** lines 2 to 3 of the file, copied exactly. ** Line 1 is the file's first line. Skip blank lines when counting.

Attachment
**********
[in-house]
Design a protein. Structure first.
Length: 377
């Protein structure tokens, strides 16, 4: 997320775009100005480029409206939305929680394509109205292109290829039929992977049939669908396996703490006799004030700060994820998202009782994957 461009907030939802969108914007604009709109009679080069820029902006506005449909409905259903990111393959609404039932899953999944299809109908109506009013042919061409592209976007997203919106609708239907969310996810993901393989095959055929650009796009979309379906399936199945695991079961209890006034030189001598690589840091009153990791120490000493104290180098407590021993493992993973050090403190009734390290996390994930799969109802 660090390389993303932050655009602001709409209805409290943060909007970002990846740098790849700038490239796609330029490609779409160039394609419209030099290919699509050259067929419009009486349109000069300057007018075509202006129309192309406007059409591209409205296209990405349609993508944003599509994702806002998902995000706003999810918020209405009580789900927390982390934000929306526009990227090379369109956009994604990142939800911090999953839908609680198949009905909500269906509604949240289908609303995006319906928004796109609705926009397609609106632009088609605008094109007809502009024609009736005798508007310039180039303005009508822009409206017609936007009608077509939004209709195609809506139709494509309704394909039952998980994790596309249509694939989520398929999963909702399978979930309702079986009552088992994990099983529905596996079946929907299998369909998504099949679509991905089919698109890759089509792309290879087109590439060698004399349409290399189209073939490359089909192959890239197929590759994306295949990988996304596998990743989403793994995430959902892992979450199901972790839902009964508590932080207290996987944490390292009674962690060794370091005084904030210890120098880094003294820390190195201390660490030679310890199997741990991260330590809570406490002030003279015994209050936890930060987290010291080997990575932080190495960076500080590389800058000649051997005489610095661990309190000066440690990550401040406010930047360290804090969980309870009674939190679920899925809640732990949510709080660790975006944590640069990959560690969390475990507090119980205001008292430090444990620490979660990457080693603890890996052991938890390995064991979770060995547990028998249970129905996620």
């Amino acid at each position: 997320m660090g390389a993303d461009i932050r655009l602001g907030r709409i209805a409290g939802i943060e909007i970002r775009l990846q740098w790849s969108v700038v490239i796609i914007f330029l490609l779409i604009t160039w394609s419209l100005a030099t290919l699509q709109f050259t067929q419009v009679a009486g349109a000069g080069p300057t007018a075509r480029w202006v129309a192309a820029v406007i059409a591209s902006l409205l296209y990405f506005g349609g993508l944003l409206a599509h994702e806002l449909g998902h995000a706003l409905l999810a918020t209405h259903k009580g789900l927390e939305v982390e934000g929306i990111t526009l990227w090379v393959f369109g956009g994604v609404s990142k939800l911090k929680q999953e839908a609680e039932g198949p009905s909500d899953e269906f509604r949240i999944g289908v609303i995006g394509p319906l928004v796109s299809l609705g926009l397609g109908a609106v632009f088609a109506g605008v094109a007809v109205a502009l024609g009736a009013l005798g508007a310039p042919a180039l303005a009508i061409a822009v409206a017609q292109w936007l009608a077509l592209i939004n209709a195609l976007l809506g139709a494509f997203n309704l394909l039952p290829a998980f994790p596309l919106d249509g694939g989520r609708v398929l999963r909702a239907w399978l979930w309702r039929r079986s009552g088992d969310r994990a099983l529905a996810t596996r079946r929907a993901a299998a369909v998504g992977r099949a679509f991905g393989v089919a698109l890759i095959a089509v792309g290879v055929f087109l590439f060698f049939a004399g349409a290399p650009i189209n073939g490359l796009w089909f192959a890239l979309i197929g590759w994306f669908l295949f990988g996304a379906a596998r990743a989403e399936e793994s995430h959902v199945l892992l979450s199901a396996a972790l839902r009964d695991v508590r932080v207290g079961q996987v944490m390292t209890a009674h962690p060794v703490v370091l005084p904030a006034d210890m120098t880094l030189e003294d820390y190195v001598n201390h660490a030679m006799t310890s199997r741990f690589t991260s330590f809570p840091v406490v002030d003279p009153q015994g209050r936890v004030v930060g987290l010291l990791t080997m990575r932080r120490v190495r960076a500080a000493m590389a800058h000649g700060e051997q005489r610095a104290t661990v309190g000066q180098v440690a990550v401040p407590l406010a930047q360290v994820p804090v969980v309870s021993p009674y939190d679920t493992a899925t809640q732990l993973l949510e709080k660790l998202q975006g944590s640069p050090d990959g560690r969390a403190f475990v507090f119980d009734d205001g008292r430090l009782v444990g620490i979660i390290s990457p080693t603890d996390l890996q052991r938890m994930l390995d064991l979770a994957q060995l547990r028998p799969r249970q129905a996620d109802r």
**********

Design a protein. Structure first.
Length: 377